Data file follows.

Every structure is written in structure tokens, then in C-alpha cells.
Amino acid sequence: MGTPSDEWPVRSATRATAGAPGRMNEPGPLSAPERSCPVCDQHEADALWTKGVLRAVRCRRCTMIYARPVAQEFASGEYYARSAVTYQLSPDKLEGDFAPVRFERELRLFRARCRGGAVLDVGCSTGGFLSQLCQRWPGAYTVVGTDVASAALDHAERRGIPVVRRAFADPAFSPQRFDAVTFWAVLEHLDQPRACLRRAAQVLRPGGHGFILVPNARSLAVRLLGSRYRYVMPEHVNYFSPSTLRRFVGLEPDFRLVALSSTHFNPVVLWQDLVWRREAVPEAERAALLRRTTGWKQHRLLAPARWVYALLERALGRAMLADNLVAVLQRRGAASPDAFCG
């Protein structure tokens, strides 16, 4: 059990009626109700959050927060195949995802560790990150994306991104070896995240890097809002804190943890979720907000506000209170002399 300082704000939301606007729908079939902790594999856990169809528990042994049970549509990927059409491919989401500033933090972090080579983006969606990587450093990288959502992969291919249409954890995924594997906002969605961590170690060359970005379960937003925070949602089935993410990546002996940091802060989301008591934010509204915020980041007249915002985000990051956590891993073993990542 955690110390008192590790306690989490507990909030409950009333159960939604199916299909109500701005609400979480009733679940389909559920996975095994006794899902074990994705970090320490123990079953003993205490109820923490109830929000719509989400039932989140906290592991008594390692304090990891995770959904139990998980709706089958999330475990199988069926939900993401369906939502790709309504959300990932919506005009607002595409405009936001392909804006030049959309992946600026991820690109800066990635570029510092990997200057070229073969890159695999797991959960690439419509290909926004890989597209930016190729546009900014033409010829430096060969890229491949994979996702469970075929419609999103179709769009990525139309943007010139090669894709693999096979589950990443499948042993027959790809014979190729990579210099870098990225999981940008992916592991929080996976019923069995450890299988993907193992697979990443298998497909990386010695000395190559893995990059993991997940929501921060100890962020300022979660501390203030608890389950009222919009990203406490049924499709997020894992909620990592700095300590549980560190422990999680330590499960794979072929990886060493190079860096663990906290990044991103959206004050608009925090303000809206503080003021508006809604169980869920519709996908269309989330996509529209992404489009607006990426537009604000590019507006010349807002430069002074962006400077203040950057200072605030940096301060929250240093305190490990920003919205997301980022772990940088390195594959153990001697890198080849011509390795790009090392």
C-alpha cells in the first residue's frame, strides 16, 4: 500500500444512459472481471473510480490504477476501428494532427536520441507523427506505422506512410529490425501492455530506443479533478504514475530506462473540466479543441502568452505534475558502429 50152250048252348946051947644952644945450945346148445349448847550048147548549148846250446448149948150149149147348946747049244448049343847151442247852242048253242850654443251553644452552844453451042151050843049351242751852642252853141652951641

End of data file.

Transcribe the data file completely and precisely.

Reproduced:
Every structure is written in structure tokens, then in C-alpha cells.
Amino acid sequence: MGTPSDEWPVRSATRATAGAPGRMNEPGPLSAPERSCPVCDQHEADALWTKGVLRAVRCRRCTMIYARPVAQEFASGEYYARSAVTYQLSPDKLEGDFAPVRFERELRLFRARCRGGAVLDVGCSTGGFLSQLCQRWPGAYTVVGTDVASAALDHAERRGIPVVRRAFADPAFSPQRFDAVTFWAVLEHLDQPRACLRRAAQVLRPGGHGFILVPNARSLAVRLLGSRYRYVMPEHVNYFSPSTLRRFVGLEPDFRLVALSSTHFNPVVLWQDLVWRREAVPEAERAALLRRTTGWKQHRLLAPARWVYALLERALGRAMLADNLVAVLQRRGAASPDAFCG
């Protein structure tokens, strides 16, 4: 059990009626109700959050927060195949995802560790990150994306991104070896995240890097809002804190943890979720907000506000209170002399 300082704000939301606007729908079939902790594999856990169809528990042994049970549509990927059409491919989401500033933090972090080579983006969606990587450093990288959502992969291919249409954890995924594997906002969605961590170690060359970005379960937003925070949602089935993410990546002996940091802060989301008591934010509204915020980041007249915002985000990051956590891993073993990542 955690110390008192590790306690989490507990909030409950009333159960939604199916299909109500701005609400979480009733679940389909559920996975095994006794899902074990994705970090320490123990079953003993205490109820923490109830929000719509989400039932989140906290592991008594390692304090990891995770959904139990998980709706089958999330475990199988069926939900993401369906939502790709309504959300990932919506005009607002595409405009936001392909804006030049959309992946600026991820690109800066990635570029510092990997200057070229073969890159695999797991959960690439419509290909926004890989597209930016190729546009900014033409010829430096060969890229491949994979996702469970075929419609999103179709769009990525139309943007010139090669894709693999096979589950990443499948042993027959790809014979190729990579210099870098990225999981940008992916592991929080996976019923069995450890299988993907193992697979990443298998497909990386010695000395190559893995990059993991997940929501921060100890962020300022979660501390203030608890389950009222919009990203406490049924499709997020894992909620990592700095300590549980560190422990999680330590499960794979072929990886060493190079860096663990906290990044991103959206004050608009925090303000809206503080003021508006809604169980869920519709996908269309989330996509529209992404489009607006990426537009604000590019507006010349807002430069002074962006400077203040950057200072605030940096301060929250240093305190490990920003919205997301980022772990940088390195594959153990001697890198080849011509390795790009090392």
C-alpha cells in the first residue's frame, strides 16, 4: 500500500444512459472481471473510480490504477476501428494532427536520441507523427506505422506512410529490425501492455530506443479533478504514475530506462473540466479543441502568452505534475558502429 50152250048252348946051947644952644945450945346148445349448847550048147548549148846250446448149948150149149147348946747049244448049343847151442247852242048253242850654443251553644452552844453451042151050843049351242751852642252853141652951641